After all that Eblis picked herself up, and discovered that she was still alive, with a dog's chance of getting to port. But she did not bank on it. That grand slam had wrecked the bridge, pinning the commander under the wreckage. By the time he had extricated himself he "considered it advisable to throw overboard the steel chest and dispatch box of confidential and secret books." [These] are never allowed to fall into strange hands, and their proper disposal is the last step but one in the ritual of the burial service of His Majesty's ships at sea.
Gehenna, afire and sinking, out somewhere in the dark, was going through it on her
own account. This is her Acting Sublieutenant's report: "The confidential books were got up. The First Lieutenant gave the order: 'Every man aft,' and the confidential books were
thrown overboard. The ship soon afterwards heeled over to starboard and the bows went under. The First Lieutenant gave the order: 'Everybody for themselves.' The ship sank in about a minute, the stern going straight up into the air."
But it was not written in the Book of Fate that stripped and battered Eblis should die that night as Gehenna died. After the burial of the books it was found that the several fires on her were manageable, that she "was not making water aft of the damage,"
which meant two thirds of her were, more or less, in commission, and, best of all, that three boilers were usable in spite of the cruiser's shells. So she "shaped course and speed to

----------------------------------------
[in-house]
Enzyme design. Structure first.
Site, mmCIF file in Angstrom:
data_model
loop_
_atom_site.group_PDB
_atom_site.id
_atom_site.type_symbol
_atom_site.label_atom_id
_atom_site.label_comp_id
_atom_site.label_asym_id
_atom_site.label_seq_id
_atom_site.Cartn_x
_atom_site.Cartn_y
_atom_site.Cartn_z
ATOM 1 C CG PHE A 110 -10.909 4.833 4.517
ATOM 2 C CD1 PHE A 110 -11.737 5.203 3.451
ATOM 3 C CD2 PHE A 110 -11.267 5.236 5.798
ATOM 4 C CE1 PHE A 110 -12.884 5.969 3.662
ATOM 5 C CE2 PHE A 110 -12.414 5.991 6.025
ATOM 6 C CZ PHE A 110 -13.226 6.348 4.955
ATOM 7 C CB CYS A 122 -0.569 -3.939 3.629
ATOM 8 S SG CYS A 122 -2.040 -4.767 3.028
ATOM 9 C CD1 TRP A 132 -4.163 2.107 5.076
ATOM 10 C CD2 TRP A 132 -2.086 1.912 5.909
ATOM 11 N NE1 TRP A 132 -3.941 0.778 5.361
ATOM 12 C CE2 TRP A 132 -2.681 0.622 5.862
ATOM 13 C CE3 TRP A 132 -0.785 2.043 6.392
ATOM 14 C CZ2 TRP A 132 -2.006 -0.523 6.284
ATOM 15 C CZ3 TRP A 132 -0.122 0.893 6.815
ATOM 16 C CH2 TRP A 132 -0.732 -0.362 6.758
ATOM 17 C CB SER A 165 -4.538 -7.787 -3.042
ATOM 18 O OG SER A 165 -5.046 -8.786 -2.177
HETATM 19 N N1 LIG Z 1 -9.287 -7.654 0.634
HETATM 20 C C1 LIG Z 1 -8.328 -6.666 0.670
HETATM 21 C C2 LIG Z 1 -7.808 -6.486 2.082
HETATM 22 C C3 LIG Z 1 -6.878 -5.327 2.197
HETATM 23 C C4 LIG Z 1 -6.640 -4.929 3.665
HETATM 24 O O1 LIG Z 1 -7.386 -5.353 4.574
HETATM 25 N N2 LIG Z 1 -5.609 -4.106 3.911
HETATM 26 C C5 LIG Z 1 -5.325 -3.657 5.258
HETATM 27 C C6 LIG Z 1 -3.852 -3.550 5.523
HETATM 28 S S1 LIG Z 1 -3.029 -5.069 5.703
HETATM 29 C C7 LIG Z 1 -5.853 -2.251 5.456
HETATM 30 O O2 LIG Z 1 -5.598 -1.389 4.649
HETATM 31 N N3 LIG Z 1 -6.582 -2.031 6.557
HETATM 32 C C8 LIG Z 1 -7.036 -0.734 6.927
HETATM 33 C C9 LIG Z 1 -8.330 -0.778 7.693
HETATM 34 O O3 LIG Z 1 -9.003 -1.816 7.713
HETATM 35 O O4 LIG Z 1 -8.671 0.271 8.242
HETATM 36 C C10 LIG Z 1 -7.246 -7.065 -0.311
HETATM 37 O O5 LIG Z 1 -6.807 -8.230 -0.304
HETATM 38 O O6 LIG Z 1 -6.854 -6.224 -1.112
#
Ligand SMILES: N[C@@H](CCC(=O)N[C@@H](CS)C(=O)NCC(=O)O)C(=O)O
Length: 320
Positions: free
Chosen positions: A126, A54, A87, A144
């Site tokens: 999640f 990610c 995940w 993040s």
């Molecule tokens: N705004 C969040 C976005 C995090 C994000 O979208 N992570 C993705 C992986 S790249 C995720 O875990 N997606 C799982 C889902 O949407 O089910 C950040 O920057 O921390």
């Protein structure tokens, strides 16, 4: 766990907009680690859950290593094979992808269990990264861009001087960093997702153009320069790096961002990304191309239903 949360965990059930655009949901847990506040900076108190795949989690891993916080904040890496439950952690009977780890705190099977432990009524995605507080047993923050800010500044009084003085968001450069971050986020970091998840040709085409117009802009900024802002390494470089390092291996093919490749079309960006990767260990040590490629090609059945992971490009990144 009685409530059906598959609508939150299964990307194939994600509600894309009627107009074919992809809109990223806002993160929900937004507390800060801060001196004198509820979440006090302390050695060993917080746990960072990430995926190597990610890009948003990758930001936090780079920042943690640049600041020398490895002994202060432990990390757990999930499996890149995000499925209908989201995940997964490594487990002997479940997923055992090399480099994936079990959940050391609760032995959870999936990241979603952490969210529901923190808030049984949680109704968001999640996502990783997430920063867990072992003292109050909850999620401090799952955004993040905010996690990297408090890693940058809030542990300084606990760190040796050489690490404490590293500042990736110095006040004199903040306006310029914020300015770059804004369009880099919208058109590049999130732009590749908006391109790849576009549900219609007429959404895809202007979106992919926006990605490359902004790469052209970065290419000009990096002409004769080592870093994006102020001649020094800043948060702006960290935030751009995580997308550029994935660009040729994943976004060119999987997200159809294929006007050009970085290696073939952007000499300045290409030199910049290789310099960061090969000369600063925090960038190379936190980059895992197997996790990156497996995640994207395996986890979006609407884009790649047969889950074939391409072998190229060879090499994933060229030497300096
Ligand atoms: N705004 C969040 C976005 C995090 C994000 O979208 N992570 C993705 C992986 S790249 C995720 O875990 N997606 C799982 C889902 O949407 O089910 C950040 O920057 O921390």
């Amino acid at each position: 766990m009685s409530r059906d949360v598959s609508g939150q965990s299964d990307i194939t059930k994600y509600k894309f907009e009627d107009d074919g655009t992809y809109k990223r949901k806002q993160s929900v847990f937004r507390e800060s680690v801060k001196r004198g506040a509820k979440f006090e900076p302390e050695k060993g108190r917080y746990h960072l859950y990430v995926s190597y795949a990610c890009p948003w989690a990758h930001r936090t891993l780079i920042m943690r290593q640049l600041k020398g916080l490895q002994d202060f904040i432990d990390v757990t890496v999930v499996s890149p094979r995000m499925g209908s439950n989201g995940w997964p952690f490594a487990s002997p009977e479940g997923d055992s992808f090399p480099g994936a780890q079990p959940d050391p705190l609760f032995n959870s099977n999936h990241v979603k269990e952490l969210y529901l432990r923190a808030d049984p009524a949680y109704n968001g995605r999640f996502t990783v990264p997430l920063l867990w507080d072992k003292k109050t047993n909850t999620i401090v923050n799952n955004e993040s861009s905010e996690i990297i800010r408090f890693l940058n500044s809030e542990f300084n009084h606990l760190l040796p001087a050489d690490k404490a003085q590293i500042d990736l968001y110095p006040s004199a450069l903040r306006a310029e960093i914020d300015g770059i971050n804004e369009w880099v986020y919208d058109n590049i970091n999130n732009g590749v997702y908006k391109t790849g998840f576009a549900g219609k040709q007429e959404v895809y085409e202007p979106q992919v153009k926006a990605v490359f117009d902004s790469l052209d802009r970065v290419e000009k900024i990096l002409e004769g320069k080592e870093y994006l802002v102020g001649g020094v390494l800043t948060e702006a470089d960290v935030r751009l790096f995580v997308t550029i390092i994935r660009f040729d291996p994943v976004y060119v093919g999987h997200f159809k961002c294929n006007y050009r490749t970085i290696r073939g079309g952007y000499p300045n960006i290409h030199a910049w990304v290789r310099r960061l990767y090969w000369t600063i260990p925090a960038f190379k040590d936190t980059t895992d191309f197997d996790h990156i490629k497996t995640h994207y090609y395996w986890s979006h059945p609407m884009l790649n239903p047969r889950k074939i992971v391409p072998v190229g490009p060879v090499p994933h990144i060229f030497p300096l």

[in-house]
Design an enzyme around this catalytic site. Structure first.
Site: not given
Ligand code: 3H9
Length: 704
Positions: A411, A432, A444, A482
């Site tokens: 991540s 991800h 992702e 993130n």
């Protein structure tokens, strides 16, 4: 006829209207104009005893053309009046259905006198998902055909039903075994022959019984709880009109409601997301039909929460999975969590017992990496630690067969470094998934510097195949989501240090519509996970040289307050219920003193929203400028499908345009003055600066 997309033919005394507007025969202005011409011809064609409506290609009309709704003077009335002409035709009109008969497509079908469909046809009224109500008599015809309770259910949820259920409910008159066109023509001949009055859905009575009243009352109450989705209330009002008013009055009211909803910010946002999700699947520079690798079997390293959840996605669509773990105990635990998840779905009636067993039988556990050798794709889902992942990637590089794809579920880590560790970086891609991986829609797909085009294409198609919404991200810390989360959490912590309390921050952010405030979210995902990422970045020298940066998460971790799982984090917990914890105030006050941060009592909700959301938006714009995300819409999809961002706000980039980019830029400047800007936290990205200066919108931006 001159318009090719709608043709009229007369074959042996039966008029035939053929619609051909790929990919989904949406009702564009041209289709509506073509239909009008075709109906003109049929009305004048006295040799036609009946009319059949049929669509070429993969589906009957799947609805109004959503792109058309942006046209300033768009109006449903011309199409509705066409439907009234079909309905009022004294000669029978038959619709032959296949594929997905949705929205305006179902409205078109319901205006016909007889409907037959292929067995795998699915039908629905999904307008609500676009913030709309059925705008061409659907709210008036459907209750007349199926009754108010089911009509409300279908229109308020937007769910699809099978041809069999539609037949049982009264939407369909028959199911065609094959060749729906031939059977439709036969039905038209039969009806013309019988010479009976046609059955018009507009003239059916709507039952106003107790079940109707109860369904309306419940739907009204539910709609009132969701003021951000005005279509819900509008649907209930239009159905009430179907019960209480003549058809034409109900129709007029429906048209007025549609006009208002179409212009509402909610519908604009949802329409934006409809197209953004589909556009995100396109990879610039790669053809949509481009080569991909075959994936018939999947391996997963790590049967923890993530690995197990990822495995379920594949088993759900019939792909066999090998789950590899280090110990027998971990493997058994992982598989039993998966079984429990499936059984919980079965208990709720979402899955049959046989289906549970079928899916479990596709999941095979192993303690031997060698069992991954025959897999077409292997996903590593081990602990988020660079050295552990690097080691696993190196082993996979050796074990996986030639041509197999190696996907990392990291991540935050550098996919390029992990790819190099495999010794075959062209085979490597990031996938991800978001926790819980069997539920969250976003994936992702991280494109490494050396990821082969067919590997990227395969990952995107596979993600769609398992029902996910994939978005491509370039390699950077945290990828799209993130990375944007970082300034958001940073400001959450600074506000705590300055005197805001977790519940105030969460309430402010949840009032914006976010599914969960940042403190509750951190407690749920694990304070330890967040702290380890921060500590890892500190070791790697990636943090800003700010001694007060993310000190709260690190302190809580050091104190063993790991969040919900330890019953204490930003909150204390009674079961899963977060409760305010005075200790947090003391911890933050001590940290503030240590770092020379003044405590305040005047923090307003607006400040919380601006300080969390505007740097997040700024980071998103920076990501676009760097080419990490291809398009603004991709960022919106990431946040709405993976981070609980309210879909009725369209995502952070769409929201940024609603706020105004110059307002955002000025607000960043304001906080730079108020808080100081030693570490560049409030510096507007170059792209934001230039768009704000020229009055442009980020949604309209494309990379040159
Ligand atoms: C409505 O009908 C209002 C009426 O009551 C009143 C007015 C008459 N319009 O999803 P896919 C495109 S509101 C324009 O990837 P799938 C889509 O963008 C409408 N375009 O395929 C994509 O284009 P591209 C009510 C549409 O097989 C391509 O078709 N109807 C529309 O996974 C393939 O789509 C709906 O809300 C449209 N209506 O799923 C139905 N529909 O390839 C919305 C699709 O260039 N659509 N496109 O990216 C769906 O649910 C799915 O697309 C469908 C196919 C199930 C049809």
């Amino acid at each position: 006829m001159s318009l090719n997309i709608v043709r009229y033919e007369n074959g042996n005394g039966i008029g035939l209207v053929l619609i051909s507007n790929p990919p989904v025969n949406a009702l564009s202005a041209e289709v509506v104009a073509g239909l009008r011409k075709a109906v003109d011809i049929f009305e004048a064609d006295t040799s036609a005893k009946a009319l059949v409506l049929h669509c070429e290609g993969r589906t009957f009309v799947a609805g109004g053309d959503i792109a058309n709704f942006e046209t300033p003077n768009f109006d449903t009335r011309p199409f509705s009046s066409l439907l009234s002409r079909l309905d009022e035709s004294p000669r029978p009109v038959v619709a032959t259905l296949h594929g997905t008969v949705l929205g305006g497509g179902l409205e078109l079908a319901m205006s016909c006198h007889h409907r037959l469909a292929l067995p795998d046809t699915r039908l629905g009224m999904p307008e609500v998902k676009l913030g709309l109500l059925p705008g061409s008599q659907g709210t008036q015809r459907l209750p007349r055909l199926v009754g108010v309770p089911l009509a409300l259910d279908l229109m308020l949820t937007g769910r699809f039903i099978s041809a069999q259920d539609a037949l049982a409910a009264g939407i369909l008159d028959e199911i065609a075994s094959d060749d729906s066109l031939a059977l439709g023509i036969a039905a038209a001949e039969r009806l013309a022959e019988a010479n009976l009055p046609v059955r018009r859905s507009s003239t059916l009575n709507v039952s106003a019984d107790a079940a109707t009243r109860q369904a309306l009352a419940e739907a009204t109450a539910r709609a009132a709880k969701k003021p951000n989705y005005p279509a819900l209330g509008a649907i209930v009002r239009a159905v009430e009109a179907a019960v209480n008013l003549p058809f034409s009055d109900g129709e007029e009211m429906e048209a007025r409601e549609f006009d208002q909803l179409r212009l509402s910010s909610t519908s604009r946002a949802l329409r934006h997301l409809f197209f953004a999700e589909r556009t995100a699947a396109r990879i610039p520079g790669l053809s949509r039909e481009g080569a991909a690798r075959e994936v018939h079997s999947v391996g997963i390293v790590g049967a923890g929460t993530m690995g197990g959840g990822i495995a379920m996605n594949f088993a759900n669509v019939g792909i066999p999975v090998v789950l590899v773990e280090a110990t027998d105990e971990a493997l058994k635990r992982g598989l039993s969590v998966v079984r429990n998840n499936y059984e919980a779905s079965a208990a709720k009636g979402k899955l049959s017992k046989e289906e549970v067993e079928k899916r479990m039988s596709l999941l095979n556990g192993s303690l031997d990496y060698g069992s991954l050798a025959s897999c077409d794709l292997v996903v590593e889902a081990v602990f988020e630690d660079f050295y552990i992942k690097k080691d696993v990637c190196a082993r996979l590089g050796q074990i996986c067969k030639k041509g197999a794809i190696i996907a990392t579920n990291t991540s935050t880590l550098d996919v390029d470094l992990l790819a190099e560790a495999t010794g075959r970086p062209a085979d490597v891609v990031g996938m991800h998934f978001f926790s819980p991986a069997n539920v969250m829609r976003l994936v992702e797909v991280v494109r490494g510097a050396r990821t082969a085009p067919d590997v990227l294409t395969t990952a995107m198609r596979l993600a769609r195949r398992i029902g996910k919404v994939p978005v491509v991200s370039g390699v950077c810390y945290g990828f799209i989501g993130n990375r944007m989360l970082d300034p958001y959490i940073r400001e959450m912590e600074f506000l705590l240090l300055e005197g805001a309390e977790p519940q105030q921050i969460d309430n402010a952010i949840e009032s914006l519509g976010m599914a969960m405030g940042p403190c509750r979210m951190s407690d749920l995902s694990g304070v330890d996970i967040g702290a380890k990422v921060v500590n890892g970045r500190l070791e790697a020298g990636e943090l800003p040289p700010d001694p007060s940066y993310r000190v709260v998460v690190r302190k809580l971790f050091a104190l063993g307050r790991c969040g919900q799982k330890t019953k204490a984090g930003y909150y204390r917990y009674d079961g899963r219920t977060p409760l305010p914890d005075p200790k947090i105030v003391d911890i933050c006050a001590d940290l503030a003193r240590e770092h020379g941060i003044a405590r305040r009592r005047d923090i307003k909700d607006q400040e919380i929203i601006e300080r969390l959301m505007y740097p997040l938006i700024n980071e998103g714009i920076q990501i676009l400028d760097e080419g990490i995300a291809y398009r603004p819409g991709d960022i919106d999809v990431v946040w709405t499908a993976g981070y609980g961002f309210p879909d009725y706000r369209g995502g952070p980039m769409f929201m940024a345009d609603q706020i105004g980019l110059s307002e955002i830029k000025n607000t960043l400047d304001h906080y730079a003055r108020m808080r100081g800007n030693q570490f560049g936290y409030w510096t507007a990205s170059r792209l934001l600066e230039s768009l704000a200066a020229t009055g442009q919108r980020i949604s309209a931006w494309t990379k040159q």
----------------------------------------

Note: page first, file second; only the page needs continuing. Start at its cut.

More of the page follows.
make the least water and the most progress towards land."
On the way back the wind shifted eight points without warning -- and, what with one thing and another, Eblis was unable to make any port till the scandalously late hour of noon June 2, "the mutual ramming having occurred about 11:40 P.M. on May 31." She says, this time without any legal reservation whatever, "I cannot speak too highly of the courage, discipline, and devotion of the officers and ship's company." . . .
In that flotilla alone there was every variety of fight, from the ordered attacks of squadrons under control, to single ship affairs, every turn of which depended on the second's decision of the men concerned; endurance to the hopeless end; bluff and cunning; reckless advance and redhot flight; clear vision and as much of blank bewilderment as the Senior Service permits its children to indulge in. That is not much. When a destroyer who has been dodging enemy torpedoes and gunfire in the dark realizes about midnight that she is "following a strange British flotilla, having lost sight of my own," she "decides to remain with them," and shares their fortunes and whatever language is going.
If lost hounds could speak when they cast up next day, after an unchecked night among the wild life of the dark, they would talk much as our destroyers do.